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The traces are all connected. I cannot find C34 on the schematic (weird) but it does show up on the schematic with all of the traces shown. (see attached). I do not have a scope to test the signal path. I cleaned the pot, but I am thinking I will replace it just to be sure it is not the problem as it is an easy thing to do. I have another one of these units with exactly the same problem and sound. Channel two clean and channel One noisy. The noise increases as the pot is turned louder.
 

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gerryt

Feb 5, 2021
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I found C34 on the schematic, attached and circled.
 

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danadak

Feb 19, 2021
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If you do not have a scope you can get Zeitnitz freebe which turns your
PC into a scope, spectrum analyzer, tone generator. But you have to protect your sound card
inputs to make sure you dont blow up your PC audio channel.
Its good for audio freqs.

Also make up a 10:1 probe. Google "diy 10:1 probe"

Soundcard Scope

Software projects of Christian Zeitnitz
www.zeitnitz.eu

Daqarta - Sound Card Input Range and Limiter Circuits

Project 154

ESP Audio Projects - PC Oscilloscope interface.
sound-au.com

www.nutsvolts.com

Turn Your Computer’s Sound Card into a Scope

Use this free software tool to gain oscilloscope skills, analyze audio signals, and measure digital signals.
www.nutsvolts.com

You are pretty sure JB1 on channel 1, the contacts, solid contacts ? Use some denatured alcohol or contact
cleaner on them. Mechanically insert a male into them to get contact surfaces to move around.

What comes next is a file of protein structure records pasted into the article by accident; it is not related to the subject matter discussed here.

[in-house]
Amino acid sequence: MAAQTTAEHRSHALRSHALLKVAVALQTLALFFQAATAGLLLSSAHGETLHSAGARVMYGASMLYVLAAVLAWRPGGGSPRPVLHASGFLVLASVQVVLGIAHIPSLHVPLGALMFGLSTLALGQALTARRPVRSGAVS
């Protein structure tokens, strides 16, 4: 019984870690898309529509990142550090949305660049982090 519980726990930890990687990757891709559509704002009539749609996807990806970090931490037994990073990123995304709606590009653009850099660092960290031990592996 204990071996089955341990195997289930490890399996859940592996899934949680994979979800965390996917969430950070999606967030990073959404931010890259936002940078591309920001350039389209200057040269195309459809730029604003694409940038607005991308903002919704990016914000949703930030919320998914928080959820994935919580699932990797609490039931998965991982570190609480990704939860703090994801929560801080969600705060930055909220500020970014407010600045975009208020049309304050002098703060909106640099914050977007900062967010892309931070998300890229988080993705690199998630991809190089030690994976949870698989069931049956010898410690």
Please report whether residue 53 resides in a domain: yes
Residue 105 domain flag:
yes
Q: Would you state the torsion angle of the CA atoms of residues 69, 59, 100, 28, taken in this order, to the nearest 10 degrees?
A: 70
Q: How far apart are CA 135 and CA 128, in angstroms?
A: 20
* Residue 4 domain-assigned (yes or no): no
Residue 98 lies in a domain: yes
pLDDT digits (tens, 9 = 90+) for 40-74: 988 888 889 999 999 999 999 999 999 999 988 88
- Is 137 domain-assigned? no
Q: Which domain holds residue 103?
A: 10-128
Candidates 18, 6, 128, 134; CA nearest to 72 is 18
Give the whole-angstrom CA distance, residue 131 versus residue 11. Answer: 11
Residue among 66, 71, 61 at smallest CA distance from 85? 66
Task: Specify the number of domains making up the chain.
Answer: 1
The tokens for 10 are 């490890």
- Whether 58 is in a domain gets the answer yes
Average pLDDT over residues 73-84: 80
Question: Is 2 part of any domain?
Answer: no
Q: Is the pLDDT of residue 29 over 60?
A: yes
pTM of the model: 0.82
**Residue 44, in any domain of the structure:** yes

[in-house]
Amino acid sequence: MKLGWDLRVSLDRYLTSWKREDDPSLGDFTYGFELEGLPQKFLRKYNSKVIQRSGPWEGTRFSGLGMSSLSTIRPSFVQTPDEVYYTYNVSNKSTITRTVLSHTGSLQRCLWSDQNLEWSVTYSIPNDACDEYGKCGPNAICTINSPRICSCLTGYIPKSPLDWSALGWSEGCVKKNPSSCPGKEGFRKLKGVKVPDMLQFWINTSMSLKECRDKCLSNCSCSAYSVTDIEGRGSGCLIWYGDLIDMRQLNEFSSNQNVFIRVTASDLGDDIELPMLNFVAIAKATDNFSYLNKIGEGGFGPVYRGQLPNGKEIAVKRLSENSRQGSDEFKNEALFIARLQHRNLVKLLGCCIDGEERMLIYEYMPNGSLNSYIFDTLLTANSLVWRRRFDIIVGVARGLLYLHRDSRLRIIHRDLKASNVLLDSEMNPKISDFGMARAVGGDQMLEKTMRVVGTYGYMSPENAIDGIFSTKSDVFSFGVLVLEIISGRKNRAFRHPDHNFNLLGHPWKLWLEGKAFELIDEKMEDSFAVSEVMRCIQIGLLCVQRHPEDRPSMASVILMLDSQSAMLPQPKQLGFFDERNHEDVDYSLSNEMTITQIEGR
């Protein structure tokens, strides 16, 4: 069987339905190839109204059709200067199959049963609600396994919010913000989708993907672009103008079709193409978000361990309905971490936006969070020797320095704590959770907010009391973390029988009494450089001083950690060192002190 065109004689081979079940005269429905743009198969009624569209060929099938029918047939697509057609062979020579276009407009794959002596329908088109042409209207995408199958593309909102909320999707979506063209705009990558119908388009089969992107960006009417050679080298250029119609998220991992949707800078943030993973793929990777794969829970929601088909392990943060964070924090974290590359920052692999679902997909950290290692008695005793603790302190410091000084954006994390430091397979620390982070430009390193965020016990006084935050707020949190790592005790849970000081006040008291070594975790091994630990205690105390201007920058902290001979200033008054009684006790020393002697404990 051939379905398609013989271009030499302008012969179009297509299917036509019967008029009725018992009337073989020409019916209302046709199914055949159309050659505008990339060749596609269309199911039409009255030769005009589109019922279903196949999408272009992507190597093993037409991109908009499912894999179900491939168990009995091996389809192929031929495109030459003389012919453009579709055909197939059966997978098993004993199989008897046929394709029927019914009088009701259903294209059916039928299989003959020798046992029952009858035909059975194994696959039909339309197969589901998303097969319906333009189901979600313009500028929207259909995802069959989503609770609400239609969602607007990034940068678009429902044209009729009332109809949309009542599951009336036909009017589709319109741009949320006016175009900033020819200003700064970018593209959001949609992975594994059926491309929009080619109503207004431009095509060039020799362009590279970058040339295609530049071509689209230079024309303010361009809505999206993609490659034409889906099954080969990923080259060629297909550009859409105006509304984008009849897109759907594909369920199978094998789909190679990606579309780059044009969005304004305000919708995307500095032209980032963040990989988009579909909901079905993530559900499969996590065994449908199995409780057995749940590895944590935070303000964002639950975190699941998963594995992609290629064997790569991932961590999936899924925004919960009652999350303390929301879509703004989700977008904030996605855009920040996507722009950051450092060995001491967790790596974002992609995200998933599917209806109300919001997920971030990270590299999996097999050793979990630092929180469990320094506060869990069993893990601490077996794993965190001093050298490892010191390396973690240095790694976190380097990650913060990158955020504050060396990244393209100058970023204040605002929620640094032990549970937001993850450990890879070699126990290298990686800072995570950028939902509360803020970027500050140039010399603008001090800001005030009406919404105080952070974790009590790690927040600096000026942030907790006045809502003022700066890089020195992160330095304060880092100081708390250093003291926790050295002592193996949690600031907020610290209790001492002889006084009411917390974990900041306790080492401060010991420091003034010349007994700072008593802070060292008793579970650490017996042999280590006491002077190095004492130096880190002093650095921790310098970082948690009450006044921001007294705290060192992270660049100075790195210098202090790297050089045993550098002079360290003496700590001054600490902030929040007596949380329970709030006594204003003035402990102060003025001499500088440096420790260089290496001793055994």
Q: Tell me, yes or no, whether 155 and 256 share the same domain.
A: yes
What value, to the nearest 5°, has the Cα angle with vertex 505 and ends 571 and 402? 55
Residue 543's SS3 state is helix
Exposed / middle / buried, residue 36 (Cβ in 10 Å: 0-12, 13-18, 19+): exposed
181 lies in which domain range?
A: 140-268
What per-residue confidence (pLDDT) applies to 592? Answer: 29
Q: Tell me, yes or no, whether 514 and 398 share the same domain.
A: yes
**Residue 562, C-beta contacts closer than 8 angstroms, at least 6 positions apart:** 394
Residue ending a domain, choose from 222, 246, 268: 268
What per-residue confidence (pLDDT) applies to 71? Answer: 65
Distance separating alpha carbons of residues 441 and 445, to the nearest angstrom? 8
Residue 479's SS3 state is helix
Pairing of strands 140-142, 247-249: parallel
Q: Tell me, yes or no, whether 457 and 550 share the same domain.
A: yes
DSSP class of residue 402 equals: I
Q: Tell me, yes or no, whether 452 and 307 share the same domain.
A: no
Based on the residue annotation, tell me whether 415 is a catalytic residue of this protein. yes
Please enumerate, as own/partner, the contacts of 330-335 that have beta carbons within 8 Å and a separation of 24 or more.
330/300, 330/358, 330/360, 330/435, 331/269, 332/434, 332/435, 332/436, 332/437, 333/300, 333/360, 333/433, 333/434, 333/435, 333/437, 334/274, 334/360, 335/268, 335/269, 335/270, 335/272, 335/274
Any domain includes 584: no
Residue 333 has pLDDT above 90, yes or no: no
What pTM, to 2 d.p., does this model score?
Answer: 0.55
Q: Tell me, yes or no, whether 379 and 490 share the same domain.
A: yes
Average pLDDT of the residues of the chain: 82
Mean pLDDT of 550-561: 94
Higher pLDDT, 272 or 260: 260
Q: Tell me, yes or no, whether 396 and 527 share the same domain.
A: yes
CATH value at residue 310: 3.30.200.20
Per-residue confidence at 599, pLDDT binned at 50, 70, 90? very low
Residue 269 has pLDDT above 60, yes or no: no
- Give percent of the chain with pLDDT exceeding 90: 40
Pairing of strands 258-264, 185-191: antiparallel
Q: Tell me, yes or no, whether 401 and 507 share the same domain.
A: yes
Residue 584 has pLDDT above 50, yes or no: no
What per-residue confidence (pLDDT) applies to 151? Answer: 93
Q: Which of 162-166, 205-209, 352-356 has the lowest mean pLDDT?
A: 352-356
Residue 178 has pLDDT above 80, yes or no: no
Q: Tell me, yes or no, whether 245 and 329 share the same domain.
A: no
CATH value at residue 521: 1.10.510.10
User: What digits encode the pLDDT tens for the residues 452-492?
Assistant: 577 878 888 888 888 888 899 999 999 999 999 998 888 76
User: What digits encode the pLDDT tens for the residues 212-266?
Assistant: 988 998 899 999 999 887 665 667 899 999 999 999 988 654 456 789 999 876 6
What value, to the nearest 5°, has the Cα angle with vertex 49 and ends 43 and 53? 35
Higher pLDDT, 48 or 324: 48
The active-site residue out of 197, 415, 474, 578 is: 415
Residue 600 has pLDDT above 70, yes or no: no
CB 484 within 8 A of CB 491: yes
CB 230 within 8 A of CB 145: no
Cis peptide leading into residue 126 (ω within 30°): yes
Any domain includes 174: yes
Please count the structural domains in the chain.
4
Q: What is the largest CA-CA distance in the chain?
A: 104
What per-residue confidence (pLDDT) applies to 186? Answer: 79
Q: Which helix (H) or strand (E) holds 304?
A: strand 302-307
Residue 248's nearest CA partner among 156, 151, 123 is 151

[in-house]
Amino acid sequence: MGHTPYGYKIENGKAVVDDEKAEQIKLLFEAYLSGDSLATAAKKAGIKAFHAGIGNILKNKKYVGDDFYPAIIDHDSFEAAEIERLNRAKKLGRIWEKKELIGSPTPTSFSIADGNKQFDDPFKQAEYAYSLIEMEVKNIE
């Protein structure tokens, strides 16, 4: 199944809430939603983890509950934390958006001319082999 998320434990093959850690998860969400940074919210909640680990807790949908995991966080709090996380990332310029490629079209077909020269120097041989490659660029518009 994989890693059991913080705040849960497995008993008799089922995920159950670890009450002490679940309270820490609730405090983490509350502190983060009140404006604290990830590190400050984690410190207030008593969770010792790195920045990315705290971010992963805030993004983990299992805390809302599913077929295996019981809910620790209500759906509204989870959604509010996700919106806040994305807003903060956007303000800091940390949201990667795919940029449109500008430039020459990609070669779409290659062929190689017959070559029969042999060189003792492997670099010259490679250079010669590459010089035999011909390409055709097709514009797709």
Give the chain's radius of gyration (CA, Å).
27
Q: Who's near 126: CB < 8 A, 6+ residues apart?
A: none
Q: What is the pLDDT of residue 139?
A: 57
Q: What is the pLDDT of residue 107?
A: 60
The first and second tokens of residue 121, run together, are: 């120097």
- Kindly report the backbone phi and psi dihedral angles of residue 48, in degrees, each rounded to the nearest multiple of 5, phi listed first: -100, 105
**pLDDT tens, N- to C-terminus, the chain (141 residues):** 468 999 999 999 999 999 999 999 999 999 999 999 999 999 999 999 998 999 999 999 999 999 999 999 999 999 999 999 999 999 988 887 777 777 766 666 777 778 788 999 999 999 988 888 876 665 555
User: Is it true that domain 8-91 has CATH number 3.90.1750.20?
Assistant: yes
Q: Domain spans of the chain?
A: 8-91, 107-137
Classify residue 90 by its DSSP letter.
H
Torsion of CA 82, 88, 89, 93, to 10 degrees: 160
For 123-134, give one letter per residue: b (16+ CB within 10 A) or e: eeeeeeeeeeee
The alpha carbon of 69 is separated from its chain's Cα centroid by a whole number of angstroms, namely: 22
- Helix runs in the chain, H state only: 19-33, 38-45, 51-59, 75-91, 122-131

Regards, Dana.
 
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gerryt

Feb 5, 2021
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Thanks for the lead about turning a laptop into a scope. I have an older spare laptop, I will give this a try. I tested the op amp on diode mode with my multimeter and it seems to be working fine. I also tested for other ground faults. The tip and ring tabs on my 1/4 input, and in the XLR input - when connected to ground with my multimeter both get a reading. It seems to me that there should not be any current travelling between the tip or the ring to ground. Wondering if this is the problem about why I get hum?
 

73's de Edd

Aug 21, 2015
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Sir gerryt . . . . . . (and that's being very heav-E E E E E E E E on the Teeeeeeeeeeeeeeeeeeee !)

How 'bouts us doing some super dooper uber- techno sniffing, using but a mere length of hook up wire and a 47 or 100'ish ufd @16(+) E-cap.
I have re-diddled-ed-ed your units schema of the sole area of interest and put a bit more of vertical spacing between its CHANNEL 1 and CHANNEL 2 sections.

LE REFERENCE . . . . . 'cest petite

1689297487674.png

FIRST STEP . . . .
Fire up the unit and get it making the CHANNEL 1's quite noticeable HUMMMMMM . . .chum.
Now, for just backing up your prior testing of grounding integrity.
Take said hook up wire . . . of such length to be able to span from GREEN SQUARE U1 Pin 5 to both U2 Pin5 and JB connector pin 1.
With our experiencing no fault with intregrity of GREEN SQUARE U1 Pin 5 and its connecting to its . . . SG . . .Signal Ground.
Lets confirm no excess rosin or conformal coating . . . to let us make a good connection to one bared end of hook up wire and span its other end up to connect to same the like condition of U2 pin 5 and its Signal Ground.
If no change in Hummmmmmmm lift up that just made connection and transfer up to JB2 pin 1.
If the hummmmmmm remains, our required grounds are O.K.
NEXT STEP . . . . .
Take the E-cap to be used and . . .likely it will be a radial unit . . . . and grip . . . . probably its insulated case . . . .between index finger and thumb and see if the touching of either one leads of the E-cap to pin 3 or 3 of the JB2 connector will over ride your hum, so as to be heard. If not use your other hand to tightly grasp around the insulated amps AC cord .
Thus your increased AC level injection into the amp . . . .a la body coupling.
Once you attain a noticeable level to make judgement with, test both caps leads to JB #2 or 3 to see if one lead is producing stronger hum.